The other thing to keep in mind is that shipping can cost more than manufacturing, ( a lot more if you are going through traditional sales channels where the book gets shipped multiple times ) so cutting a third of the book off and recycling it rather than shipping it could be a money saver, but the publisher doesn't pay most of the shipping traditionally.

All that said, my next project will be landscape 9.24 x 12 or smaller.

if you want to play around with how much design changes effects cost there is a cool calculator at http://www.printninja.com/pricing/photo-books. Note that changes pretty much track what the changes would cost at any other printer and binder, but you are paying a big convenience fee. Also, note that the shipping costs about as much as the printing.

Thank you, thank you, thank you hugh crawford!!

Mike, as a storyteller I prefer books/magazine to single prints. Please consider making hugh crawford a regular contributor to TOP. It looks like he could be a fount useful of information.

Hugh: Keen points about the relative cost relationships of page sizes and total project costs. I cannot claim to know how much a factor it was for this project. My own guess, however, is that the design was likely the driving force for two reasons. First, whatever economies may have been achieved by paper sizes were certainly eroded by the elaborate packaging and cover stamping. The two volumes are housed in a very customized partial slipcase featuring separate tipped-on cover images and reversed stamping and mounting. Second, this ain’t no little indie publisher or one-off hobby project. This is the veneable Thames and Hudson, one of the world’s preeminent art book publishers. They certainly must have far more control over their paper cost framework than, say, an indie printer in China or Italy.

Ugh, that layout had my eyes twitching. It really subtracts from the photos.

"to leave evidence they were there."

great insight
well said
temptation & bane of all arts
mea culpa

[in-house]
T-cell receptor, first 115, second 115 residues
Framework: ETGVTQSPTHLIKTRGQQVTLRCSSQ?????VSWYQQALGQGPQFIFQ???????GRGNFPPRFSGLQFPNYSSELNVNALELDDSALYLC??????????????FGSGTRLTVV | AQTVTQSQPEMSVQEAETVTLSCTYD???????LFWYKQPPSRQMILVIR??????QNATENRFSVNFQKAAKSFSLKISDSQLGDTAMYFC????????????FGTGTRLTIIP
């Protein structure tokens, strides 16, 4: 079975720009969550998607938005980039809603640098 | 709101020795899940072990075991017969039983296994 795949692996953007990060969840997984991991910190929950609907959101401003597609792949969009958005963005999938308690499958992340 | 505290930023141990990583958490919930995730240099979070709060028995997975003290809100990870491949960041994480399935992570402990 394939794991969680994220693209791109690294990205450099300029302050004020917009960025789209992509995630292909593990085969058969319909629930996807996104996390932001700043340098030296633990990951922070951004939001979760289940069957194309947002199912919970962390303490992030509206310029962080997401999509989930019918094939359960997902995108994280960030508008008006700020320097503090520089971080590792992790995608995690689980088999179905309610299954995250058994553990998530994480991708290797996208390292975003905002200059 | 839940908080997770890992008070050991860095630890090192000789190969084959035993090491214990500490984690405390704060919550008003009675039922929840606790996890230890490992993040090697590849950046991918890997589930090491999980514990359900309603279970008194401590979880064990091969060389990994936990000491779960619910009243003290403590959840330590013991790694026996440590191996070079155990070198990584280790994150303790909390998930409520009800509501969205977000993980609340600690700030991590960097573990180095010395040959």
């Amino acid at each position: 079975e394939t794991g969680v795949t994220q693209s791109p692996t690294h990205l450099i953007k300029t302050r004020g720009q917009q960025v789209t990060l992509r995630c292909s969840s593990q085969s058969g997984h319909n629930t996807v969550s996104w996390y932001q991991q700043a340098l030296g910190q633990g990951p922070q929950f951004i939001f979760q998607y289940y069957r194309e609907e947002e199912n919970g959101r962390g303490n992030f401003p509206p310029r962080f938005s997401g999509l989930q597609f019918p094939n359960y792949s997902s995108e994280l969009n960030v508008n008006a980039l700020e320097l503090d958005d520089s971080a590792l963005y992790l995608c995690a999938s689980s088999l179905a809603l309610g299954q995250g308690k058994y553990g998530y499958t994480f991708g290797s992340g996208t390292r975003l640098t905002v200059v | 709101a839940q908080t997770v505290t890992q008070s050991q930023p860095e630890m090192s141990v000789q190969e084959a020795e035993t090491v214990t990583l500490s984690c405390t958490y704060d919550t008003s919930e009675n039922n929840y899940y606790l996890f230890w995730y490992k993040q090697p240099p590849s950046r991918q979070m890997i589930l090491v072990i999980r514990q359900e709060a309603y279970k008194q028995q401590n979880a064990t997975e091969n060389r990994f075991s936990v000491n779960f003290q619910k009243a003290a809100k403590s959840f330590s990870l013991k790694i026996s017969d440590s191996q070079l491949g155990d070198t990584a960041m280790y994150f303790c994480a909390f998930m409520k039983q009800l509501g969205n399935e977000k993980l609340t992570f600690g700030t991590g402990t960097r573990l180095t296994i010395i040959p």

I make it a matter of principle never to buy photo books in this most irritating format. Never, ever.

Ken
Everybody uses the same presses and other machinery.
Set up costs are pretty low on slipcases and other packaging , the labor is in the actual making of the thing, so the first one isn't that much more expensive than the next thousand. With the book block itself it can be $5000 for the first and $7 a piece for the next few thousand, but add a half inch to the short dimension and it's $7500 for the first and $12 for the next few thousand. Then you ship it and it gets marked up 4 times, it's a big difference.

I suspect that the cost of the two books in the slipcase was about the same as the larger single volume with no slipcase, but the perceived value of a two volume set in a slipcase is a lot higher, and I also suspect that a lot of these are going to be gifts. From a business perspective, it's a no brainer and Thames and Hudson is a business.

As an object, the Thames and Hudson is quite lovely, and the covers are conceptually very cool, almost like someone came up with the idea and the cool title and then a design that played off the title and only then handed it off to someone else and said "now fill it with photos".

The book I just did, is an exercise in first figuring out what the densest way of laying out 6754 pictures is, and then what is the least amount of book that I can contain that with. I love whitespace , but there is maybe 3 pages worth of blank space out of 768 pages.

All book designs are a compromise and you have to pick one or two things that are important and take what you can get away with for the rest.

Apparently seeing the images with few distractions was not the important thing in the east west books.

Of course I could be radically and totally wrong on this, I am only going by what I see here and have not seen the books in the pulp as it were.

First at all was the decision to print that size of book. Probably it was an economic decision and when you have a vertical book and a lot of landscape images you have to take decisions. Just thinking before to point the designer.

Ken, the book which you point out as the "first" Gruyaert book - a retrospective volume, probably accompanying an exhibition somewhere - is by no means the first book by Harry Gruyaert. The Magnum site lists his publications. Personally I would recommend "Maroc" and "Rivages", both of which have English editions (Morocco and Edges resp.). Granted, these are a little hard to come by, but it can be done.